Pub. date: 2002 | Online Pub. Date: September 15, 2007 | DOI: 10.4135/9781412950664 | Print ISBN: 9780761922582 | Online ISBN: 9781412950664| Publisher:SAGE Publications, Inc.About this encyclopedia
Obi N. I. Ebbe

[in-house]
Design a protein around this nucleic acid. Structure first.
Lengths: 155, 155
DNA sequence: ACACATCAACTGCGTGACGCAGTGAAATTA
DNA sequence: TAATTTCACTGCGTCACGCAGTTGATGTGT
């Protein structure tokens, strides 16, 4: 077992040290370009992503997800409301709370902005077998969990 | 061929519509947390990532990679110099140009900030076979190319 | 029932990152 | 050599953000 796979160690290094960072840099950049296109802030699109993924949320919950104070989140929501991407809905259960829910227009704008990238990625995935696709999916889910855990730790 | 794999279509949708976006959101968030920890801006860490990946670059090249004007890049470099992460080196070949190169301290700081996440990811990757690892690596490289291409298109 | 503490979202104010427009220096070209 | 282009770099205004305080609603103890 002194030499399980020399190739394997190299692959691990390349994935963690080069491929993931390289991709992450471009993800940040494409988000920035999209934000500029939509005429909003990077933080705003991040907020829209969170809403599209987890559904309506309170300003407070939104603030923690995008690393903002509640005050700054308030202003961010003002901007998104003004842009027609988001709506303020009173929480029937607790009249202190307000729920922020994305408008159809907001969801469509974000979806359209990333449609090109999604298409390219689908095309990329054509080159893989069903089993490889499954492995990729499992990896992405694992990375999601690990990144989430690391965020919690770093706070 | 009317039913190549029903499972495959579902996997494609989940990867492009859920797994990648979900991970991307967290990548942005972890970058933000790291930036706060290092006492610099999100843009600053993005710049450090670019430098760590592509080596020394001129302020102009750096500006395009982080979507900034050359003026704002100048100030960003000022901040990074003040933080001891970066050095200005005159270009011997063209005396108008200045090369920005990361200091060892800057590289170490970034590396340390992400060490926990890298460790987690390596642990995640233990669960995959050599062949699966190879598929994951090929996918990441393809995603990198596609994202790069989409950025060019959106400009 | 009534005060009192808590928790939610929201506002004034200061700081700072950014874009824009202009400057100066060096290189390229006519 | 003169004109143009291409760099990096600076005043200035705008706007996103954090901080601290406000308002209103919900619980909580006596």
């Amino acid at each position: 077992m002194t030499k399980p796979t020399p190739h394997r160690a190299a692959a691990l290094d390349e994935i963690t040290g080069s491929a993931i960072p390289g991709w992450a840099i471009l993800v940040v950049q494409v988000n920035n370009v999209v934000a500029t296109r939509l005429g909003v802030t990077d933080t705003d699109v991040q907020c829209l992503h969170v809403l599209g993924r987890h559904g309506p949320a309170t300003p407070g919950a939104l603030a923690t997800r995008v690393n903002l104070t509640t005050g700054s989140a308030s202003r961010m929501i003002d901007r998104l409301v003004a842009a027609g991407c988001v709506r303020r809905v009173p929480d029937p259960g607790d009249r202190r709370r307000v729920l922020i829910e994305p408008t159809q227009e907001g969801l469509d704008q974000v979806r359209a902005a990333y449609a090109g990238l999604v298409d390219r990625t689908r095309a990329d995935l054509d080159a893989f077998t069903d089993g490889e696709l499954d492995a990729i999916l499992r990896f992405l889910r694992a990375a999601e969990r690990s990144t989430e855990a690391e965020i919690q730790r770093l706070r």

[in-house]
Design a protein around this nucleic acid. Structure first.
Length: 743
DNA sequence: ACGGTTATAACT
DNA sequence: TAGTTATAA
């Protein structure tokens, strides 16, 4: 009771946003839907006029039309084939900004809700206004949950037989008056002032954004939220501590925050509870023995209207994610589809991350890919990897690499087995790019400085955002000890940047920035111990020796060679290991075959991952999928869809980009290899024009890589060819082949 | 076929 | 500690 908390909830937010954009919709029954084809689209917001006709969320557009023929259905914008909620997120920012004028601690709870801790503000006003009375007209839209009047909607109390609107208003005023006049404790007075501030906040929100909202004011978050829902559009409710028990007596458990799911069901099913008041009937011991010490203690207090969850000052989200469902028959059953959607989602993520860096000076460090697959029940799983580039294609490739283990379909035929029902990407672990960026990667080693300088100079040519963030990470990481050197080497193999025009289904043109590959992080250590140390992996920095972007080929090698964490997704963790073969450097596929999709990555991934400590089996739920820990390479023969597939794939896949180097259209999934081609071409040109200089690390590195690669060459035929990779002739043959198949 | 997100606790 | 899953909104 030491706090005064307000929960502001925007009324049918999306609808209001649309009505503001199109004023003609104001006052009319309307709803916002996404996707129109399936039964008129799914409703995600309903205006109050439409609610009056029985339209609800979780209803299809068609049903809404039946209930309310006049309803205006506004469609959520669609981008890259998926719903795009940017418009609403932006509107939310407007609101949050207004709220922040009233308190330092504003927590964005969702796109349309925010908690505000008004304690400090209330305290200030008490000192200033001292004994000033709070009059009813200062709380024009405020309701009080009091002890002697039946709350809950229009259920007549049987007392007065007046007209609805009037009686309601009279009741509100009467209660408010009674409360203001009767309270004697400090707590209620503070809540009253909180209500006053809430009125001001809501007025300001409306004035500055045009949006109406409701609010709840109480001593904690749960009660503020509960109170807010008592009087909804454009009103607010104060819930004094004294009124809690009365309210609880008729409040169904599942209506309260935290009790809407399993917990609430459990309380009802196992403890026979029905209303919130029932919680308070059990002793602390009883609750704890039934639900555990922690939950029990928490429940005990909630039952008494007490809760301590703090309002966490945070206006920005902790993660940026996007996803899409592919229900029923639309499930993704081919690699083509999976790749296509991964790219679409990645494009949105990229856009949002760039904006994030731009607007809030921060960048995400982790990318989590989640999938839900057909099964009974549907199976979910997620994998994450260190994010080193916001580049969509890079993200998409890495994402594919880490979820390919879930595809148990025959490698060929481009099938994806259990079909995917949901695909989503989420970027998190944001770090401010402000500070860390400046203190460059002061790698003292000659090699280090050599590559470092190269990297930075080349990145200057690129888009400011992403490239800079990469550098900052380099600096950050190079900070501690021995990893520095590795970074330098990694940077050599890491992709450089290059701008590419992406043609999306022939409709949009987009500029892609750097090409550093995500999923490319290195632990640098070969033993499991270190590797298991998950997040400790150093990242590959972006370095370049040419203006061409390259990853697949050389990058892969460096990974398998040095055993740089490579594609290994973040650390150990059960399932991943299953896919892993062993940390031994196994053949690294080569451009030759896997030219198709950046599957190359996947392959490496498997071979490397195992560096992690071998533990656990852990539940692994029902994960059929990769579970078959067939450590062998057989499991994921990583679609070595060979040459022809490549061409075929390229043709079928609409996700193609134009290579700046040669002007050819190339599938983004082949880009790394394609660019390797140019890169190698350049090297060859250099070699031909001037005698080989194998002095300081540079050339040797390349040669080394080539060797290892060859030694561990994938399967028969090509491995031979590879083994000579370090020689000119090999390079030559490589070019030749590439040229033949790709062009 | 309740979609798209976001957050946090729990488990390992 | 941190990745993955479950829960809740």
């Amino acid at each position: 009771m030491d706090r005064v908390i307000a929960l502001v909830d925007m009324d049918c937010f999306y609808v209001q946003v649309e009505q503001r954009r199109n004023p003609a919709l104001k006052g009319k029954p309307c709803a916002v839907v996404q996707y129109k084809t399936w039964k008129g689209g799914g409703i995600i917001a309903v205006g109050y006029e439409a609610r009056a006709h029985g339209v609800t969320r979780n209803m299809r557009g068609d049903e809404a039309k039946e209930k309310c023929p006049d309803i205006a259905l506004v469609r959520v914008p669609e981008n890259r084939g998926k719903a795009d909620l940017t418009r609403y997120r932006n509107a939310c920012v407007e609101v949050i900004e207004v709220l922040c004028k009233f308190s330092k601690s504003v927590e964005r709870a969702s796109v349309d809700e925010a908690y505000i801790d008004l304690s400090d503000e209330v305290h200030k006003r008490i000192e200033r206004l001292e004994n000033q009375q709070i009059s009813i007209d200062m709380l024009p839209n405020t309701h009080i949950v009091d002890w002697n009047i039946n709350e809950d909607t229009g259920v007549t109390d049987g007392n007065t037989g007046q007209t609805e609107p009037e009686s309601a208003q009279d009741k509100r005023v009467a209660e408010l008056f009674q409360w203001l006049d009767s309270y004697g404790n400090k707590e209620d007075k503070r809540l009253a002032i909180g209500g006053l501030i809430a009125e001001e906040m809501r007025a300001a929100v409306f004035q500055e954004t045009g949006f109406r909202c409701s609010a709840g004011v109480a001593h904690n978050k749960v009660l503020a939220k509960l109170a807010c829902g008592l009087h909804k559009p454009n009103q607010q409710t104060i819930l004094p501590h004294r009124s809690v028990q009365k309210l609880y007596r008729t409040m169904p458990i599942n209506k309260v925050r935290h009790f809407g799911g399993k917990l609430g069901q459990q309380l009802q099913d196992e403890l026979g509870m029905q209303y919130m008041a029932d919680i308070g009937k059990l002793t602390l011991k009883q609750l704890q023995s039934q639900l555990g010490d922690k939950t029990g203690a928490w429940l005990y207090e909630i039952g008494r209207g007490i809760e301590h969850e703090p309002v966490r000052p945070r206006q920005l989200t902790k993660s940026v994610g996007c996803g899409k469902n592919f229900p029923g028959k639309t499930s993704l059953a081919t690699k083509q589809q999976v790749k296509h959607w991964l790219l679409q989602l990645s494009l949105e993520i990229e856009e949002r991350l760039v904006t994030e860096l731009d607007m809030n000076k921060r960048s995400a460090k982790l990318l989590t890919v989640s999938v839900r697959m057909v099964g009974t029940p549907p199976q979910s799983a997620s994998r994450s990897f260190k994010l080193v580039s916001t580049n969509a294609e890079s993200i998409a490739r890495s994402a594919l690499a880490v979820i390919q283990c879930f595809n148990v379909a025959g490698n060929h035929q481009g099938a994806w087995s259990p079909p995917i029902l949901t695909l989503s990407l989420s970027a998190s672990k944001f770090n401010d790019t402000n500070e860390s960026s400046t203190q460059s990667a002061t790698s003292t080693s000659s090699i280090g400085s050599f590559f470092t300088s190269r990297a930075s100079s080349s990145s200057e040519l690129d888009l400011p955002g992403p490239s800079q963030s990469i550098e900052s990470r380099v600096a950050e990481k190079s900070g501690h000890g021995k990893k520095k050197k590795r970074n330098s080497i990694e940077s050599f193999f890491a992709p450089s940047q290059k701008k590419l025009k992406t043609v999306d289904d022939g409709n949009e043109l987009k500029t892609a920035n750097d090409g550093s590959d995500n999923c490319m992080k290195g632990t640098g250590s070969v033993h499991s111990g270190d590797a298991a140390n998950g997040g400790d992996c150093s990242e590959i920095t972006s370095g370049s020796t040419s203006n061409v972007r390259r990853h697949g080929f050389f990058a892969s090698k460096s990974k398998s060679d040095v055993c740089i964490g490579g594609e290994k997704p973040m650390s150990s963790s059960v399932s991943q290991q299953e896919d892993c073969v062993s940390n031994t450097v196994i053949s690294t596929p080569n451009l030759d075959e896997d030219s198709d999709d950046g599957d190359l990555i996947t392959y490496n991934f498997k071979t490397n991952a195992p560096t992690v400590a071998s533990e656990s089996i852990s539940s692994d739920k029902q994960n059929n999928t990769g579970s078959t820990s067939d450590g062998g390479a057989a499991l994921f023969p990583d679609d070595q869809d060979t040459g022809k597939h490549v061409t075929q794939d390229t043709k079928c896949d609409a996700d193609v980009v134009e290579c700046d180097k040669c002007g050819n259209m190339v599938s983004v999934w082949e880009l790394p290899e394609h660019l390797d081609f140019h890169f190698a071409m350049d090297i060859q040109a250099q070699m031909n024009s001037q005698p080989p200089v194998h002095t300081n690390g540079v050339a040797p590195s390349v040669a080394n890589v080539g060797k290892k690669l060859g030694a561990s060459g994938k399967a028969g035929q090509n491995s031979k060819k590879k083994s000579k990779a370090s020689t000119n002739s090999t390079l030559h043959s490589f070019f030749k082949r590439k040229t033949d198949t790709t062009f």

Police corruption is a worldwide problem shared by both developing nations and capitalist democracies. The police occupy a very important position in every social system, and traditionally they have been highly valued, both as an institution and as individuals who serve the community. Despite some skeptics, most people trust the police. Yet corruption is common worldwide, and it is increasing. According to the Federal Bureau of Prisons, the number of American police sentenced to prison increased from 107 in 1994 to 548 in 1998 (Ronald and Ostow 1998). This means that criminal justice researchers as well as the general public are faced with answering some very basic questions: Why are there are good and bad police officers and departments? Why are some police officers corrupt and others are not? In Black's Law Dictionary , corruption is defined as “an act with intent to gain some advantage inconsistent with official duty ...